Guest orchestras: The Philadelphia Orchestra under Stéphane Denève, the Jerusalem Symphony Orchestra, led by Dmitry Yablonsky, and the Toronto Symphony under Peter Oundjian make appearances at two of the big area venues this season. Pianist Jan Lisiecki joins the Toronto in the Beethoven Fourth (with John Estacio’s Wondrous Light and Rimsky-Korsakov’s Scheherazade) and the Chopin First concerti (with Tchaikovsky’s Sixth Symphony) in two concerts at the Kravis (Jan. 3-4), then repeat the Beethoven, Estacio and Rimsky at the Arsht Center on Jan. 7. Canadian violinist James Ehnes plays the Sibelius concerto with the Philadelphians on Feb. 23 at the Kravis, with Dvorak’s Eighth and an excerpt from Prokofiev’s Romeo and Juliet; more of that score is heard on the 24th along with the Beatrice et Benedict overture of Berlioz and Mendelssohn’s Midsummer Night’s Dream music; that program is repeated Feb. 25 at the Arsht. That same day, the Jerusalem Symphony is joined by pianist Farhad Badalbeyli in the Prokofiev First Concerto at the Broward Center along with the Rachmaninov Second Symphony; on the 28th at the Kravis, 14-year-old cello prodigy Danielle Akta plays the Saint-Saëns First Concerto on a program with the Rachmaninov and The Khojaly Requiem of the contemporary Russian composer Alexander Tchaikovsky.
The Kravis hosts several other visitors, starting Nov. 21-22 with Philippe Entremont and the Munich Symphony joined by the Romero Guitar Quartet and soloist Pepe Romero in music of Rodrigo, plus works by Bizet, Massenet, Rossini and Mendelssohn. The Georgian pianist Khatia Buniatishvili plays the Mozart Concerto No. 20 with the conductor-less Orpheus Chamber Orchestra on Jan. 25; music by Haydn, Arensky and Rachmaninov is also on the program. JoAnn Falletta returns on Feb. 7 with her Buffalo Philharmonic in the Brahms Second and the Tchaikovsky Violin Concerto with British violinist Chloë Hanslip as soloist. And on March 7, American violinist Stefan Jackiw joins the Russian National Orchestra in Prokofiev’s Violin Concerto No. 2; conductor Kirill Karabits also has scheduled Borodin’s In the Steppes of Central Asia and the Firebird suite of Stravinsky.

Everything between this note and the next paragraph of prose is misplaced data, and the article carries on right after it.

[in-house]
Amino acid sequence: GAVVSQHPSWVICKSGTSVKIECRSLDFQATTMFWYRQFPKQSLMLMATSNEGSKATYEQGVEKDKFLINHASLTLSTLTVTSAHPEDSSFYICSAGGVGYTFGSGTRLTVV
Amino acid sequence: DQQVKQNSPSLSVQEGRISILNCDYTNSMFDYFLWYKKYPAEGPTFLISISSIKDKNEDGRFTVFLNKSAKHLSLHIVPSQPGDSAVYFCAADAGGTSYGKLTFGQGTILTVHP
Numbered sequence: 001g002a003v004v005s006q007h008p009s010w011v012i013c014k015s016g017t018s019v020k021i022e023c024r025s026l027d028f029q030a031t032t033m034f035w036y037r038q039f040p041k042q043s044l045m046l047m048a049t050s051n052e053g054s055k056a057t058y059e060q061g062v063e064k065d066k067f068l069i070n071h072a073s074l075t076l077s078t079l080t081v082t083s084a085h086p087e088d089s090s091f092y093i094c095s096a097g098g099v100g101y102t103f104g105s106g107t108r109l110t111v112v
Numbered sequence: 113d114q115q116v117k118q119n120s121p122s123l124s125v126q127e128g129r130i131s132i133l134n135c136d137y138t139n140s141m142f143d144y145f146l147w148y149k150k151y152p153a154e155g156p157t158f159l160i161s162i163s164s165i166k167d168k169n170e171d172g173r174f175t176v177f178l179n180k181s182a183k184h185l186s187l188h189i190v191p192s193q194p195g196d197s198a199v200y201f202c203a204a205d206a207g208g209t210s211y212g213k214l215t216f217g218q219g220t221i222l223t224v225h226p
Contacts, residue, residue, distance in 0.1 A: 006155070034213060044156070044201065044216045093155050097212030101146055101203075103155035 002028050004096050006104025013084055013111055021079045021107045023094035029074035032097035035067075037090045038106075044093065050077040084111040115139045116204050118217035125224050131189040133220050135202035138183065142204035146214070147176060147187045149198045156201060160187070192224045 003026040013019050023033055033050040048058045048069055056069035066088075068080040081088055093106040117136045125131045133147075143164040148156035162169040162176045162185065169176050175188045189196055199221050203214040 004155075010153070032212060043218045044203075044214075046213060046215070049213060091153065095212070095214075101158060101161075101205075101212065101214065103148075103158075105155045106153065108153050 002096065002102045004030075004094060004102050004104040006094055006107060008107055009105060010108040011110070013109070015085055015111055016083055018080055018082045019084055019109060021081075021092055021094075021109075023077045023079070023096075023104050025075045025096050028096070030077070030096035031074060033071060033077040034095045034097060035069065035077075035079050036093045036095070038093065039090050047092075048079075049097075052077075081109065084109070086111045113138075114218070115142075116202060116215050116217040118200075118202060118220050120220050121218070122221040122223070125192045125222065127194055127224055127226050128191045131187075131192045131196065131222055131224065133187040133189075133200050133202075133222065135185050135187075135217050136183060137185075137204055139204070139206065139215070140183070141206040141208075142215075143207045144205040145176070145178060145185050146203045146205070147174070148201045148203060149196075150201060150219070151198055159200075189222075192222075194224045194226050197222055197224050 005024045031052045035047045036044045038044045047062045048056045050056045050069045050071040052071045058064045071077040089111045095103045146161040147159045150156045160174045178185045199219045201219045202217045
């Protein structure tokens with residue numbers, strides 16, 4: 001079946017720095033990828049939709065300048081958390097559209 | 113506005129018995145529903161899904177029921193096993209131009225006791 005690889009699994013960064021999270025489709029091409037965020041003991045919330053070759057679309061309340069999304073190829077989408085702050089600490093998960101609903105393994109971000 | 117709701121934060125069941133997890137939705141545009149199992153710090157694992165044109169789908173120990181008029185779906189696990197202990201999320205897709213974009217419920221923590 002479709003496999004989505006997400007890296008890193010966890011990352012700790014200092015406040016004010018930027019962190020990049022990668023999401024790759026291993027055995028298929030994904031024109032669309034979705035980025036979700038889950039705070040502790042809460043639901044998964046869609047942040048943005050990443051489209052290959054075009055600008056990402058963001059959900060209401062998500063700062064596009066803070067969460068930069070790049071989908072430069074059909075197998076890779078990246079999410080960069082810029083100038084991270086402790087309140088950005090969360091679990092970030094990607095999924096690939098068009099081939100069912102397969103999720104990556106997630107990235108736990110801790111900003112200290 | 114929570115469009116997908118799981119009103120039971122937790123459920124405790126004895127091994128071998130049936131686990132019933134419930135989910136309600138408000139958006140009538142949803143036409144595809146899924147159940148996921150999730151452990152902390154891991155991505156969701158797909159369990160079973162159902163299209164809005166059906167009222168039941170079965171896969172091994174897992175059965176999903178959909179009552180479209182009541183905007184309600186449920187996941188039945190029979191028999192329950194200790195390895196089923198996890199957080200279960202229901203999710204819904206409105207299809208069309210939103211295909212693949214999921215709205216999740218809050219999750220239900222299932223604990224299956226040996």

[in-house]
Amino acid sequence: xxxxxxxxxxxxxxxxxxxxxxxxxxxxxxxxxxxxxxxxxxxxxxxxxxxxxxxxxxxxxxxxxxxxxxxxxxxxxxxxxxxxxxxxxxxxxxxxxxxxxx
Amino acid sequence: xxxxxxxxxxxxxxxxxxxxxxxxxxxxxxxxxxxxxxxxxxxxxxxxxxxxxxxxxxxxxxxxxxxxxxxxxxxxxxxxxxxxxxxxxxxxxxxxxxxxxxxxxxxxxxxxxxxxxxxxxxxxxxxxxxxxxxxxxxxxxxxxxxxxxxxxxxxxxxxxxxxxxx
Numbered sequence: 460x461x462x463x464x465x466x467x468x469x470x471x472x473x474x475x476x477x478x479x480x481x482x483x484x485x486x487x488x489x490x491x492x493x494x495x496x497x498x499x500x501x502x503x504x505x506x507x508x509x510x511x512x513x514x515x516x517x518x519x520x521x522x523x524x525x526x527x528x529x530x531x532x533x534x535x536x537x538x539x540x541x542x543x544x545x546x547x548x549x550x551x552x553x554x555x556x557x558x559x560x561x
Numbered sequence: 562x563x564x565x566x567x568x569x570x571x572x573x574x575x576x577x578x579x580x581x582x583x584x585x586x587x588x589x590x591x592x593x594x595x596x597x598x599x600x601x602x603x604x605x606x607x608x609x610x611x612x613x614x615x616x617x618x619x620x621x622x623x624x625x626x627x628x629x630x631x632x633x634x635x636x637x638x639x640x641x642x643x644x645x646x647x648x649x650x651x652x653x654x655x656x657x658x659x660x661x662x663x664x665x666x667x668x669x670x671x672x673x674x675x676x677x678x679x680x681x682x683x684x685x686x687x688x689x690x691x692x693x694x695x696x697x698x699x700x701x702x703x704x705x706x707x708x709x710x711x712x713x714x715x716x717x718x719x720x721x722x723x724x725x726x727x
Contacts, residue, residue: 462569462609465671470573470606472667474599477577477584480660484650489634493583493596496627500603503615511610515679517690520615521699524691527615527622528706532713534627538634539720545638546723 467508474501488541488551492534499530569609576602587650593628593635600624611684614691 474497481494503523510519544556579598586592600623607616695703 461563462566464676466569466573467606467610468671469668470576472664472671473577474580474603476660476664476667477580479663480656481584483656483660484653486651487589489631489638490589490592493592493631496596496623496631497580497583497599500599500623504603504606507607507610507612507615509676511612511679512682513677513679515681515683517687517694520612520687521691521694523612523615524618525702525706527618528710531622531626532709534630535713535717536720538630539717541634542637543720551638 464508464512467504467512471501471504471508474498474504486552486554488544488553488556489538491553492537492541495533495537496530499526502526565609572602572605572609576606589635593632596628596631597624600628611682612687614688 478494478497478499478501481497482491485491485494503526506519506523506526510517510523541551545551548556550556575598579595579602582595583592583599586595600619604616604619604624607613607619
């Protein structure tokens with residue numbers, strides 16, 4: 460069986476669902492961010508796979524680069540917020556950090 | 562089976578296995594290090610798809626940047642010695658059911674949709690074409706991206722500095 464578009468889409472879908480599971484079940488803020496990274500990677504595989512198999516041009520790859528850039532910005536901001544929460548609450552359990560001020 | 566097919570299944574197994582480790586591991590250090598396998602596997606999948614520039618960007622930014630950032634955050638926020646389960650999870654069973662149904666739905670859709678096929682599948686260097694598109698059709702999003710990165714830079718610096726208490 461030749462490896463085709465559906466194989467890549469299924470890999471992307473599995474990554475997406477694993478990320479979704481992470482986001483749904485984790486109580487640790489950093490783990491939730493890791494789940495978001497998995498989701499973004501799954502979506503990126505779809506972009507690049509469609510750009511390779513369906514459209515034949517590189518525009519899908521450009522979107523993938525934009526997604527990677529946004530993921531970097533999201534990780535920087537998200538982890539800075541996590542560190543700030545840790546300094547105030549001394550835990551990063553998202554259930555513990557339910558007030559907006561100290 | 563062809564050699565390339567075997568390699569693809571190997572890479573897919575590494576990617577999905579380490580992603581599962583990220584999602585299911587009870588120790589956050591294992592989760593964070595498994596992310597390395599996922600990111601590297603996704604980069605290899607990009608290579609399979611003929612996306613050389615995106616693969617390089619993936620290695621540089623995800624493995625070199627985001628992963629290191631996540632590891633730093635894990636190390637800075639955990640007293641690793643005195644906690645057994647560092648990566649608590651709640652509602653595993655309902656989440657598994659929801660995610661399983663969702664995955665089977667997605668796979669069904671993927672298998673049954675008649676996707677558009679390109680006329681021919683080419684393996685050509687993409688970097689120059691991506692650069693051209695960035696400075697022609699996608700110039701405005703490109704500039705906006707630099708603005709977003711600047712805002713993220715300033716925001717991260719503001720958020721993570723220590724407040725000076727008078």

Instrumentalists: As he has done for many years, violinist Itzhak Perlman performs recitals during the winter months; he’s at the Kravis on Dec. 16 and back on March 9 at the Arsht. Cellist Yo-Yo Ma comes to the Arsht on Nov. 15 with his Silk Road ensemble in a program of music from the BRIC countries, then returns Jan. 15 to the Kravis for a solo recital. Pianist Emanuel Ax, another frequent South Florida recitalist in the winter, offers a Beethoven program at the Broward Center on March 22, while the American pianist Jeremy Denk gives a recital at the Arsht on March 31. Another pianist, Haochen Zhang, returns to the Kravis on April 4 in a program of music by Schubert, Chopin and Prokofiev.
A special Kravis event is set for March 9, when the brilliant young American organist Cameron Carpenter will dedicate the venue’s new Marshall & Ogletree digital organ with a performance of the Organ Symphony of Saint-Saëns, accompanied by the Jacksonville Symphony Orchestra.
Meanwhile, the Palm Beach County fundraising arm of Germany’s Kronberg Academy plans concerts Jan. 10 at the Boca Steinway Gallery and Jan. 13 at the Benjamin School; the young Russian cellist Anastasia Kobekina will also appear later in the season.